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Johnson County renovation project likely going out to bid next month
Public hearing on June 1 before initial phases of project go out to bid
IOWA CITY — The first phases of the Johnson County administrative campus renovation are likely going out to bid in early June — with construction anticipated to start in August — after months of review, redesign and discussions of how to keep costs down.
The $10.2 million initial project includes renovating the Health and Human Services building and the county administration building, which are located along S. Dubuque Street in Iowa City.
The campus renovation has been in discussion since 2017. It originally was estimated at $15 million, but the cost increased to $27.9 million after a redesign that added scope. In January, the Board of Supervisors indicated support for moving forward with the project, but in phases. Supervisors plan to use county reserves and federal pandemic aid to pay for the project.
The $10.2 million cost covers the first two phases of the project. Supervisors have not yet talked about how much the board is willing to spend on the overall project cost.
The board has heard updates from OPN Architects, with the most recent update presented at last week’s work session. It included the updated cost for phase one and two, which includes the administration building and county Health and Human Services level three.
“This is really a transformational moment,” said Justin Bishop, a principal at OPN Architects. “The before-and-after photos will be dramatic, but I think the lasting impact on perhaps the culture and the people in the space is pretty exciting, too.”
The board set a public hearing at last week’s formal meeting for June 1 on the proposed plans, specifications, contract and estimated cost for the remodel project.
If approved by the board next week, the $10.2 million project will go out to bid on June 6 with a deadline of July 11. The supervisors will review bids during their work session on July 19 and construction is anticipated to start Aug. 1.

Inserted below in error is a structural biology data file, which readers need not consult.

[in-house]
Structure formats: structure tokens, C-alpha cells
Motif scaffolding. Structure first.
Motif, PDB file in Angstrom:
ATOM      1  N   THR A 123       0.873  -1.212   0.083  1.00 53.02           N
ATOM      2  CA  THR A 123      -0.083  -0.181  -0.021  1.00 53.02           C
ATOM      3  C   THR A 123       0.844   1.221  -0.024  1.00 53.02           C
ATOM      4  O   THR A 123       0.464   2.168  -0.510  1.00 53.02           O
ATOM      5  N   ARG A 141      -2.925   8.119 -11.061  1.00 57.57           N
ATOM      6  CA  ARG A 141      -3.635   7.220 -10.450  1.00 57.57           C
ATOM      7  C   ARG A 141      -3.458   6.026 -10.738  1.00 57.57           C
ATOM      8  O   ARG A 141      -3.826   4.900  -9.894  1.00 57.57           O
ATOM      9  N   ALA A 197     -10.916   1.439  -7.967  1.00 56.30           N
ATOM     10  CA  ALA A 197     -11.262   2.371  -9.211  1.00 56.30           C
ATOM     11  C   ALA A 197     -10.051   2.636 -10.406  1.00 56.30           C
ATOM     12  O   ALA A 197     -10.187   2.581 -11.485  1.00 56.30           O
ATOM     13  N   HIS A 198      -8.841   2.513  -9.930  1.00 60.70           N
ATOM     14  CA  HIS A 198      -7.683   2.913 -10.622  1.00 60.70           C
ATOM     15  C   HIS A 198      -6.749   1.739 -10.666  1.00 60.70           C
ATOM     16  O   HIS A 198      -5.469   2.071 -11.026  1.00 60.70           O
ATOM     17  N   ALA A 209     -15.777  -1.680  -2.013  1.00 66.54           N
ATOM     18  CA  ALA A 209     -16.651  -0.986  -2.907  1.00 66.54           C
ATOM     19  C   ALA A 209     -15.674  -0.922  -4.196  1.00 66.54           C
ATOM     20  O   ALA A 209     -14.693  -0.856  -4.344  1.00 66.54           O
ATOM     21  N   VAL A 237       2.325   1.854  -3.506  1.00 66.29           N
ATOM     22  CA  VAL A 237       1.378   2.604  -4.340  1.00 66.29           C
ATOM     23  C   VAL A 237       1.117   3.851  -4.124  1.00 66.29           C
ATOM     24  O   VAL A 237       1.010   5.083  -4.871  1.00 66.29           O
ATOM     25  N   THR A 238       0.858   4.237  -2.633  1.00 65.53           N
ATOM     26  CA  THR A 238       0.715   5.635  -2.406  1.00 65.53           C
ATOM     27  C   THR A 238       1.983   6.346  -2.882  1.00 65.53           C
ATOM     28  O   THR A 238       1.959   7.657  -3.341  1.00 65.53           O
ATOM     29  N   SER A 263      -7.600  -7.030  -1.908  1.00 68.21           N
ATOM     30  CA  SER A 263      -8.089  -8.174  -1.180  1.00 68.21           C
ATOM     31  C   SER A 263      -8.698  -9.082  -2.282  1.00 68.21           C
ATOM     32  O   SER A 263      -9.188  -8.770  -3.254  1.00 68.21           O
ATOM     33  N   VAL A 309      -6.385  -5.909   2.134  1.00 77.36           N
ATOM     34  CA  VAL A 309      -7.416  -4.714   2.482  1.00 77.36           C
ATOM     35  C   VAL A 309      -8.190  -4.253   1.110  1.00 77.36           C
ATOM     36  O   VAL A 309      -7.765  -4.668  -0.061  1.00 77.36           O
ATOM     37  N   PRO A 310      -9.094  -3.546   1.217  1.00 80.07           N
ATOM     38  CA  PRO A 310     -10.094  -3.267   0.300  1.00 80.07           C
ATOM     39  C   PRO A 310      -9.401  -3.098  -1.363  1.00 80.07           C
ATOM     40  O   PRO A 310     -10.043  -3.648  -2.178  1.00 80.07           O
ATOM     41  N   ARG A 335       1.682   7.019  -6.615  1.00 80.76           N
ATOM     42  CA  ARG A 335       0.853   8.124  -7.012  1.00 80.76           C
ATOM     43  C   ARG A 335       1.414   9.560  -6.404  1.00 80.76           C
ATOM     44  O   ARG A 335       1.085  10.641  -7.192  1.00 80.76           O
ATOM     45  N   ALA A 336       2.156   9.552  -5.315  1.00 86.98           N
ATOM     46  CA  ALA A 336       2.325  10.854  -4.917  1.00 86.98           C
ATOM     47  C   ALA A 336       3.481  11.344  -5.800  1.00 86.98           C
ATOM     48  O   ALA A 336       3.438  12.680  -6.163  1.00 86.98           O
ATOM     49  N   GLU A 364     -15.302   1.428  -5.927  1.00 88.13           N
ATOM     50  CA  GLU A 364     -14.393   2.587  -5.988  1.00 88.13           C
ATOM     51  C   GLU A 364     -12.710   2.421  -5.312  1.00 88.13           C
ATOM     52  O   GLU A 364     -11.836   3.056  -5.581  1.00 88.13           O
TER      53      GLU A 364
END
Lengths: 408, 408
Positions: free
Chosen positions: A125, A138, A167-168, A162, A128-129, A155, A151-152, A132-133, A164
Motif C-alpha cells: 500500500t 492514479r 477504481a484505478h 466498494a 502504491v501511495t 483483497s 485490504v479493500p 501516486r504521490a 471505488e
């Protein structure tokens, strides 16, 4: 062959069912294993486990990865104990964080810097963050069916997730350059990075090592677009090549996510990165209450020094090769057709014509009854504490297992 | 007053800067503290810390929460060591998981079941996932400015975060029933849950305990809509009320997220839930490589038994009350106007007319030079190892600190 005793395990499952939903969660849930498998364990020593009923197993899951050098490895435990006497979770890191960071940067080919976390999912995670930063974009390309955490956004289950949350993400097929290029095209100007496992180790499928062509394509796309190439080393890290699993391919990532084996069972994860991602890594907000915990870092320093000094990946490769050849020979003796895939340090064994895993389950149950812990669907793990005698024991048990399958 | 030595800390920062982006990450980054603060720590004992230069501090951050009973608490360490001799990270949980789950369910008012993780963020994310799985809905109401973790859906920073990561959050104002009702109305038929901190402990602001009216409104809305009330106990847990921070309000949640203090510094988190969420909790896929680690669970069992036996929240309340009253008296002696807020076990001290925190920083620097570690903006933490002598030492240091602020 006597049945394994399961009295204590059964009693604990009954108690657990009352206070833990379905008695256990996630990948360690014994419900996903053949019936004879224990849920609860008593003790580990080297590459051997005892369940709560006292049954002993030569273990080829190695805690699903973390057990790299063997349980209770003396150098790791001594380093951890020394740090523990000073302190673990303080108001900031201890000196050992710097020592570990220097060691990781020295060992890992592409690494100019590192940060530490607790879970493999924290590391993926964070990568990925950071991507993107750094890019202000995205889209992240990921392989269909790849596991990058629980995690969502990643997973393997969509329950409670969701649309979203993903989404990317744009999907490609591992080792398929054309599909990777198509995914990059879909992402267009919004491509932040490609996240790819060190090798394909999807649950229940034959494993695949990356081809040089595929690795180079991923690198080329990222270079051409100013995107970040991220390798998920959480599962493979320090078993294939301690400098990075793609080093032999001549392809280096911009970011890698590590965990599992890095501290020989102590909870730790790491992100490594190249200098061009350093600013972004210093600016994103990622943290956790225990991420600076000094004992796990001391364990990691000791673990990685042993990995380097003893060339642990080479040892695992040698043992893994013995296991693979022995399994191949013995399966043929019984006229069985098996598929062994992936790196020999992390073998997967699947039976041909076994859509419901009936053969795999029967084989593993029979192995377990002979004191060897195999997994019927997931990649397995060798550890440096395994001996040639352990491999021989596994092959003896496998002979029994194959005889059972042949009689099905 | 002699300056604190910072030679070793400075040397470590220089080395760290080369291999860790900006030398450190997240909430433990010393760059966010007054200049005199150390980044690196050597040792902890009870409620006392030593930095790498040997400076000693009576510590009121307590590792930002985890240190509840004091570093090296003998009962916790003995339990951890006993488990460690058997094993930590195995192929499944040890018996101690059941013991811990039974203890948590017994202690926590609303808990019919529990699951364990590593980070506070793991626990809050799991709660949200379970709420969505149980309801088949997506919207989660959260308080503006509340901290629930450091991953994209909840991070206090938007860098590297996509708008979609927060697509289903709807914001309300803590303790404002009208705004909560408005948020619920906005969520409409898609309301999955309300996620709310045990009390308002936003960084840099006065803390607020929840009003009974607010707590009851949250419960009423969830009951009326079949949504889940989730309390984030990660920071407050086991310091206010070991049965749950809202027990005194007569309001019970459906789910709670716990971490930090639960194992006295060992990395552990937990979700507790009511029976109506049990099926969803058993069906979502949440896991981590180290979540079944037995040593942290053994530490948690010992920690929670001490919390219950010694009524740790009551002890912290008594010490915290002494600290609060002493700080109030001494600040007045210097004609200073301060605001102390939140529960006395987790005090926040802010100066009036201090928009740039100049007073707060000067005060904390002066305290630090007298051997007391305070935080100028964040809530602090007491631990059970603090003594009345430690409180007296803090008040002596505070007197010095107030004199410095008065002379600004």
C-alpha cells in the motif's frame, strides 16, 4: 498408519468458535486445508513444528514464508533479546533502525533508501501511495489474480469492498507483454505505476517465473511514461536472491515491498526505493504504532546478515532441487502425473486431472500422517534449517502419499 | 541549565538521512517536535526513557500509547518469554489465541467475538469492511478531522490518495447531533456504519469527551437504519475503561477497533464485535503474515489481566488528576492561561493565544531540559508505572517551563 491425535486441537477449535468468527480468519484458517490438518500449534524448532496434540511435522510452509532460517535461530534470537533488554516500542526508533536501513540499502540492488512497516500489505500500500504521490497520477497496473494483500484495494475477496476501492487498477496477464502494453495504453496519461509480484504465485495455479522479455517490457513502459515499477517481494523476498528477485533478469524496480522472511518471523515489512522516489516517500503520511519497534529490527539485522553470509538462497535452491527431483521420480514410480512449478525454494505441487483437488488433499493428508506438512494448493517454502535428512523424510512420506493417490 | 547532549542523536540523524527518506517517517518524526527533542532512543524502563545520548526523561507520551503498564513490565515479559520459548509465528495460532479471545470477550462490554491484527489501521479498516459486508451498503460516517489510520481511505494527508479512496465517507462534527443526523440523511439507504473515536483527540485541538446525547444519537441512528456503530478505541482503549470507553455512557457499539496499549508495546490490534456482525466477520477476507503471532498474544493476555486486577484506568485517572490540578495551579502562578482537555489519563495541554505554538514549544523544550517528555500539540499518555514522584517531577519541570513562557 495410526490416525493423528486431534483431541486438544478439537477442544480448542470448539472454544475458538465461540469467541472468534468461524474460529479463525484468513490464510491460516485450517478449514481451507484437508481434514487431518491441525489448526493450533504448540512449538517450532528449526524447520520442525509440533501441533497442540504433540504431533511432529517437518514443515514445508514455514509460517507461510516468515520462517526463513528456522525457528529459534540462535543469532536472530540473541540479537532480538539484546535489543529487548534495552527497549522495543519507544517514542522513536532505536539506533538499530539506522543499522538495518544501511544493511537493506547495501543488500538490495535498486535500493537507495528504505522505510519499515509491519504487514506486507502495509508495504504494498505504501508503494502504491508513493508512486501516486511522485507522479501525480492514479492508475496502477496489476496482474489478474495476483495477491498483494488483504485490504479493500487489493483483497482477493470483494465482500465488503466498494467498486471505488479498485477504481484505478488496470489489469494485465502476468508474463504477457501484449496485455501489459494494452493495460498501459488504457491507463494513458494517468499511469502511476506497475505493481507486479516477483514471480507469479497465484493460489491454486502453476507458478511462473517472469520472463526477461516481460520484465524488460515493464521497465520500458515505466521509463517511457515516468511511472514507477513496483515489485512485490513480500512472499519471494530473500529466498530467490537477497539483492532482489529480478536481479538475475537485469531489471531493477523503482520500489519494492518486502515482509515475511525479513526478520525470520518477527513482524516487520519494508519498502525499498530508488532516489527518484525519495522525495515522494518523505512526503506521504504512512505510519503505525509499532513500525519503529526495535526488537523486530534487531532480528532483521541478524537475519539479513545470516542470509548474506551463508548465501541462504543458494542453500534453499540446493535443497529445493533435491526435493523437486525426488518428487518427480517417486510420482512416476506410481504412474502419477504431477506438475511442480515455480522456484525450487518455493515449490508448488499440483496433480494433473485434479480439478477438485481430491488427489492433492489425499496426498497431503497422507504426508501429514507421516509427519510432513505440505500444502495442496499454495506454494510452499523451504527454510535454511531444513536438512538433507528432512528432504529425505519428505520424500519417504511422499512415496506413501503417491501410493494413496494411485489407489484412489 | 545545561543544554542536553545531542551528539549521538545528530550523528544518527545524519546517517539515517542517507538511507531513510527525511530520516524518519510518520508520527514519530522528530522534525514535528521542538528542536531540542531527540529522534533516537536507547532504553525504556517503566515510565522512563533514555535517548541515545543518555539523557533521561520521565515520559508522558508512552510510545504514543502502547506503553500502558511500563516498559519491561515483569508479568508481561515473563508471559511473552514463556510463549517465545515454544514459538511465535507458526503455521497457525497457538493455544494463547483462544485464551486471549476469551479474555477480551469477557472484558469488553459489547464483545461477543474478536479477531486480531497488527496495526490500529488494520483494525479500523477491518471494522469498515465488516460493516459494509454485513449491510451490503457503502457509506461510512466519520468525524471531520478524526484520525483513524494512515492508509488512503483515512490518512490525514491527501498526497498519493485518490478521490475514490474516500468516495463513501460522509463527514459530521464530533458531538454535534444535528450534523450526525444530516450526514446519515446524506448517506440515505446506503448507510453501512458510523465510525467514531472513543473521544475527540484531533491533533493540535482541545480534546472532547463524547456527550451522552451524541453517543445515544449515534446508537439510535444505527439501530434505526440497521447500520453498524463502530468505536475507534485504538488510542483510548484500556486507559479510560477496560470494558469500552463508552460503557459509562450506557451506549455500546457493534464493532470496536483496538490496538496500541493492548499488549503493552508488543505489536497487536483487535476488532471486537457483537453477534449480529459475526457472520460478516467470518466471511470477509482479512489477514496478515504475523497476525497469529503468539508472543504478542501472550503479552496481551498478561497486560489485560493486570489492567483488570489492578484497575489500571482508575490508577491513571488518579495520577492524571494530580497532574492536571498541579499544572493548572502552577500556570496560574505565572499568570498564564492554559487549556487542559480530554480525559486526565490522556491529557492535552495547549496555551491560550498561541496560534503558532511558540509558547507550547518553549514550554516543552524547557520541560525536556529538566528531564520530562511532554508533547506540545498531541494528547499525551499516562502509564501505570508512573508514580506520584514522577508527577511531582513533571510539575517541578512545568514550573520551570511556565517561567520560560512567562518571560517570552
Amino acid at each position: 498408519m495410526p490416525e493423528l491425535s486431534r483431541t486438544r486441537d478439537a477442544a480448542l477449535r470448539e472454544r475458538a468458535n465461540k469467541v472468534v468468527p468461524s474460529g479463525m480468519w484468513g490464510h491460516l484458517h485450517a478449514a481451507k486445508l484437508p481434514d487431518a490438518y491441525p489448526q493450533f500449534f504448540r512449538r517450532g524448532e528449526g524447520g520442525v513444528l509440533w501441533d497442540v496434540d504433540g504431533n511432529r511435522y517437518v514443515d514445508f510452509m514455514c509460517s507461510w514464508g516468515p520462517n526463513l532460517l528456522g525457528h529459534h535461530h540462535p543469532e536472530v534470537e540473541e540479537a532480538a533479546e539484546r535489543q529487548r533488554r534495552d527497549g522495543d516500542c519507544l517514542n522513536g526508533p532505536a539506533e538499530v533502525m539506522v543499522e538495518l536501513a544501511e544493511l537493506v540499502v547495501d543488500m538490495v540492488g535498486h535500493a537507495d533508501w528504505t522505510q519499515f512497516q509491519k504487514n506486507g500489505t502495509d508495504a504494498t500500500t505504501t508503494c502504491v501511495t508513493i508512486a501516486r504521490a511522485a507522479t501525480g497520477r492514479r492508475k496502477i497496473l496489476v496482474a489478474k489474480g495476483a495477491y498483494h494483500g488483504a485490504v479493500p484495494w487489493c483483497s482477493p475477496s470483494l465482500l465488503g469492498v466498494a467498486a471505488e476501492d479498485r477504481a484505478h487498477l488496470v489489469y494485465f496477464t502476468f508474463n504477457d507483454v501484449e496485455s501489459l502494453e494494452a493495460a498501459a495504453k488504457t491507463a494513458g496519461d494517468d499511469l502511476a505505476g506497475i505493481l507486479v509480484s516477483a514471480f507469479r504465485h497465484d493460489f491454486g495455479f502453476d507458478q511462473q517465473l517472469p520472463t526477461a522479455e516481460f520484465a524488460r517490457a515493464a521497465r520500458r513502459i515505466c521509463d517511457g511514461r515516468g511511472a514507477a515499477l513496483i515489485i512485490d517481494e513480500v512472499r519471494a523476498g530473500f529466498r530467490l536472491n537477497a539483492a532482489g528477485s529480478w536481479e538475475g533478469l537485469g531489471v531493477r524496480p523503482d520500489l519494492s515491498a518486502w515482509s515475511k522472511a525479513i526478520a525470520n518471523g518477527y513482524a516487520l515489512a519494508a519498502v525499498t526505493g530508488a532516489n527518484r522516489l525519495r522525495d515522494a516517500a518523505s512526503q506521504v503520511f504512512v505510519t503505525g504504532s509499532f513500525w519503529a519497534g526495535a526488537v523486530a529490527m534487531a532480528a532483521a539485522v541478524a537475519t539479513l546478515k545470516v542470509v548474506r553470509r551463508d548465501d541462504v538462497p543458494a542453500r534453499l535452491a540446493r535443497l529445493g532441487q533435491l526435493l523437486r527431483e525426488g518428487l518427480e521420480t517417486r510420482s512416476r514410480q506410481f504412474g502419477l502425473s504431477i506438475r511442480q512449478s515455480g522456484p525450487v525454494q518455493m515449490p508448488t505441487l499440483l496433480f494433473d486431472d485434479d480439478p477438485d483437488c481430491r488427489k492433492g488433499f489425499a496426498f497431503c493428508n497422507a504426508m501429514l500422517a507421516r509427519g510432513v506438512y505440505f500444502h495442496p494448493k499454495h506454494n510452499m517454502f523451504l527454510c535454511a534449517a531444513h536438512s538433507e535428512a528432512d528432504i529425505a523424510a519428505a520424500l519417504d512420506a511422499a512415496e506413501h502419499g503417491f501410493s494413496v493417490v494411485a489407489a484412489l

“We have looked at this multiple times and from various angles,” Supervisor Lisa Green-Douglass said last week. “I think that we're at that critical point that we need to move forward.”
County officials and staff have said the project is necessary to improve safety, experience, customer service and accessibility for county employees and the public.
The guiding principles of the project have been safety, wellness, equality, human experience and functionality. This includes allowing for remote work, having a sustainable design, adding accessibility, increasing customer service and ensuring long-term adaptability, among other priorities.
James Bechtel, project and systems analyst for the county, said last week the update is a “culmination of a lot of review” and a milestone before staff begin to prepare the bid package.
“We've been deep in the details,” Bishop added.
The construction cost of $10.2 million includes its current scope, furniture, site work and contingency. Before the May update, the last time the board heard from OPN Architects and staff was March 22, Bechtel said, when supervisors heard about cost reduction strategies.
Staying on schedule for construction will be critical to ensure that the Auditor’s Office — which is in the administration building — is ready to go ahead with overseeing the 2024 general election, said Zach Writer, an architect at OPN Architects.
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